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The move to Johannesburg would change Bongeziwe’s life forever. There he was supposed to become an actor, but found that “the training wasn’t as intense as I thought it would be,” as he said in an interview with Music In Africa. He was rather immersed into the world of art and music, where pro-Black ideologies had the philosophical edge on young people such as himself. That was when he decided to create art under his full name, and also to sing in his native Xhosa. “It was very black conscious music,” he says about the Jo Burg music scene. “Growing dreadlocks, claiming their culture and their language back. I wanted to be part of that because I knew it was very powerful; it was also very important. So I was super influenced by that”. 

Having attended English schools all his life, this re-education was important in the new phase of Bongeziwe. He credits artists such as Simphiwe Dana and Thandiswa Mazwai for sparking the necessary flame of cultural reclamation, while seeing himself as working in the tradition of artists who’d casually release an album entirely written in Xhosa. “It was a statement,” he said. 

Prior to signing a record deal, Bongeziwe worked with the aforementioned Chibanga of 340ml. They had created ‘Umlilo’, capturing the multifaceted sound of the artist. He had, after all, listened to artists such as Tracy Chapman, Asa and Lauryn Hill, whose solo work and as part of The Fugees  taught Bongeziwe to translate his music with more intentionality. “[Chibanga] had taken the record to different labels in South Africa and there were times when I would almost sign to one, and then it wouldn’t fall through,” he says, “And then I had heard about SONY Music, and there were interested, and I think I heard in June, and only got to sign the contract in March the following year. So it took a long time”. 

Behind the scenes, Bongeziwe mastered his craft. ‘Mangaliso’ was released five years later, in 2017, and was a calculated risk at broadening the perimeters of his sound. Emerging from the griot tradition did not mean he couldn’t build on their peculiarities; although estranging some section of his fanbase, the album proved a critical success as it was awarded the South African Music Award (SAMA) for Best Alternative Album. ‘iimini’ won in the same category three years afterwards, which would mean all eyes would be on Bongeziwe when the prestigious award comes by this year.

The more important acclaim for Bongeziwe is bound to be genuine musical connection, however. And that, he has lots and lots of. Early this year, when I really got into his music, I had searched for a live performance to watch. Finding one of “isiphelo (#untitled)”, he had recorded the video during the pandemic, a time when actual human connection was necessary but scarce. Mirroring the powerful emotions on display, the majority of comments on that YouTube page affirmed the transcendental pull of Bongeziwe’s music, whether in memory of a departed one or as a touchstone of a life-changing moment. Even something as commonplace as a breakup, which the song is actually about, becomes illuminated under Mabandla’s careful, soul-wrenching singing.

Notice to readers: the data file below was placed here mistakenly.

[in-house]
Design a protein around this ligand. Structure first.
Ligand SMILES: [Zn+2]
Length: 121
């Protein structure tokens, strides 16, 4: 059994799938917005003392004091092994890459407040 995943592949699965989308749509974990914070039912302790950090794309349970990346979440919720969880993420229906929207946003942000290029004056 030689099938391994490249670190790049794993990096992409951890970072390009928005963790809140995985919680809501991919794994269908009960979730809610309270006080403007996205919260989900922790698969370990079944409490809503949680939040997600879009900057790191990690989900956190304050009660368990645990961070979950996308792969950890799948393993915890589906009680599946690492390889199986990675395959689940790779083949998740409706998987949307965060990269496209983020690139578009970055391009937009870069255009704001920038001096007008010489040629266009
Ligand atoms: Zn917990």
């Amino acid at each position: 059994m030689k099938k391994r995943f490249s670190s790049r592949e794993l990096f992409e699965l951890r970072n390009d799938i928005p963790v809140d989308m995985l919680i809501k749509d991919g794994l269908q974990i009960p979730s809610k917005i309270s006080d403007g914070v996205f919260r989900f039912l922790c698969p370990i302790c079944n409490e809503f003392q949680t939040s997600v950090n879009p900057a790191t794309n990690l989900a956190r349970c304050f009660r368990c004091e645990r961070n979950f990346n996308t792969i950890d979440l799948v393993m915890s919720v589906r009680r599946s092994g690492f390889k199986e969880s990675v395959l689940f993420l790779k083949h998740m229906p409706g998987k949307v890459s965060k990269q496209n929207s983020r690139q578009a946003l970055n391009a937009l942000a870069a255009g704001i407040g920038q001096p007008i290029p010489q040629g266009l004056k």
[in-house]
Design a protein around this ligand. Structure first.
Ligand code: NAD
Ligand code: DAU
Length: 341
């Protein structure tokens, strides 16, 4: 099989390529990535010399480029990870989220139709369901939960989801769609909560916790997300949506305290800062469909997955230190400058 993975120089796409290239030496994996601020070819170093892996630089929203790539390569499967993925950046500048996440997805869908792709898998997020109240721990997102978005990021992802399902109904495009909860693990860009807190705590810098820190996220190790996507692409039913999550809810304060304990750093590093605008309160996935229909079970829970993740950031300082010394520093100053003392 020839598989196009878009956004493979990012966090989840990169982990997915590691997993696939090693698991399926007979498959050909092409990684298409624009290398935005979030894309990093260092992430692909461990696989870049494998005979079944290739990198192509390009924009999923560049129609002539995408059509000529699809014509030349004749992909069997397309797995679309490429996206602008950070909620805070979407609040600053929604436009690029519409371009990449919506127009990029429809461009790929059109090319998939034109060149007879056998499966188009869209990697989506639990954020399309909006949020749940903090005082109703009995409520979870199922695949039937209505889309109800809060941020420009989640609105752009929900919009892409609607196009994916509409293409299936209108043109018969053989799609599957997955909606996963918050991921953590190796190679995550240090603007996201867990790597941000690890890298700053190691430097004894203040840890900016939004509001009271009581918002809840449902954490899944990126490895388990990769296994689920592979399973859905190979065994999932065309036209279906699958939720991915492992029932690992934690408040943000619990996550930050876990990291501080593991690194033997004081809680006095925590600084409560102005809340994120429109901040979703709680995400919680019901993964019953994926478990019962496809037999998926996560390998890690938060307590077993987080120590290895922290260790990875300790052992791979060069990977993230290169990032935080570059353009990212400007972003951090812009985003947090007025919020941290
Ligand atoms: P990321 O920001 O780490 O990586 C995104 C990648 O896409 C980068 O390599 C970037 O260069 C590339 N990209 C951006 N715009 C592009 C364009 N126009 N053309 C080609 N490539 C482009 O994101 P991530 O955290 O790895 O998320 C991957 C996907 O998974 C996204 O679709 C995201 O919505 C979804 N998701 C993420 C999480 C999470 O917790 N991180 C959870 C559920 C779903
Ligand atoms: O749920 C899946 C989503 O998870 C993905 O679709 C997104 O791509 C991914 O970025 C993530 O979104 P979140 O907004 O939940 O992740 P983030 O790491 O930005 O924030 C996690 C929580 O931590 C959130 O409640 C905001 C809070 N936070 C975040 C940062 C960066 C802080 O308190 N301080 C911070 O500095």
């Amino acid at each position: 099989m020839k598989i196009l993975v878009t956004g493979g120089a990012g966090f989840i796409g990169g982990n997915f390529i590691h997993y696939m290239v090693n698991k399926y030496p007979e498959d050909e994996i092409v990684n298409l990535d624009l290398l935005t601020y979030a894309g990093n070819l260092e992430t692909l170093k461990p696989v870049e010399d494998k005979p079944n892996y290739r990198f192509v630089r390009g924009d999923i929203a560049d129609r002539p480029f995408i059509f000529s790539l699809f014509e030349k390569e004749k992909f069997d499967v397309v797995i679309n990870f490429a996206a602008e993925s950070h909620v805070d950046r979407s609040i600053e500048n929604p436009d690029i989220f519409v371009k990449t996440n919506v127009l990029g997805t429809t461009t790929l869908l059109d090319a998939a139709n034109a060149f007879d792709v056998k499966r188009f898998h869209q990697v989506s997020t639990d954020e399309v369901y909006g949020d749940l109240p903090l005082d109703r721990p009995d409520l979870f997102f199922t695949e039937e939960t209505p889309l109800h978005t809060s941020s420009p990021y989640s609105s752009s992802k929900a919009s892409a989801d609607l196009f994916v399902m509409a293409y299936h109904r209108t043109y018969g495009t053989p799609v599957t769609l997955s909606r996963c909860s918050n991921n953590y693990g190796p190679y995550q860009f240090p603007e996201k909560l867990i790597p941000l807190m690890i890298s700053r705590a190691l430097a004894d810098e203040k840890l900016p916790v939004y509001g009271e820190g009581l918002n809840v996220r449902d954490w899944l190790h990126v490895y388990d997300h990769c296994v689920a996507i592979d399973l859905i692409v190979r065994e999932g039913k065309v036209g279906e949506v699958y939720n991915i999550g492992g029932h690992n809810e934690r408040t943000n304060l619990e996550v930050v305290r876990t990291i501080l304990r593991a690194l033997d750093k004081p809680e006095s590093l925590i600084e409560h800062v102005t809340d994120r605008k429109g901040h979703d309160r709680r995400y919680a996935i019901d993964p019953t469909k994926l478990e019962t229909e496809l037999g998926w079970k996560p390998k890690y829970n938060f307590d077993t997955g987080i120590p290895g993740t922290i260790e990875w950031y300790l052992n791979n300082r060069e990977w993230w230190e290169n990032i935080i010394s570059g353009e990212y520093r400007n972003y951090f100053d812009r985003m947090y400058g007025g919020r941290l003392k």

Perhaps this quality can be attributed to Bongeziwe’s connection with theatre, establishing close emotional honesty in his songs. This can be traced also back to the music he listened to at the start, how resonant those messages of love and life were. He had distinct taste from the start; not being necessarily drawn to popular stuff. “I liked that about myself,” he said, “That I was not listening to what everybody was listening to. I found my kind of music, and that was a major thing for me. It made me individual”.

In the South African music scene which is right now studded with talent, Bongeziwe sticks out like gracefully. During the course of our conversation, I brought up Lloyiso, an R&B singer who this magazine recently covered. Mabandla affirms he’s met the musician not long ago; and while a collaboration might be possible in the future, right now he’s promoting the stunning collection that is ‘amaXesha’. Each time offering fresh perspectives to listeners, Bongeziwe’s approach to writing embraces a practical dedication that renders it rich narrative quality, making him, truly, a most competent purveyor of the times. 

“You know, I try and find topics that move me,” he says, now pulling on a strand of his hair. “I try to write about things that are important to me, that changed me and are important to how I live my life. If something really upsets me, I’ll go write a song about it. If something really makes me happy, I’ll go write a song about it”.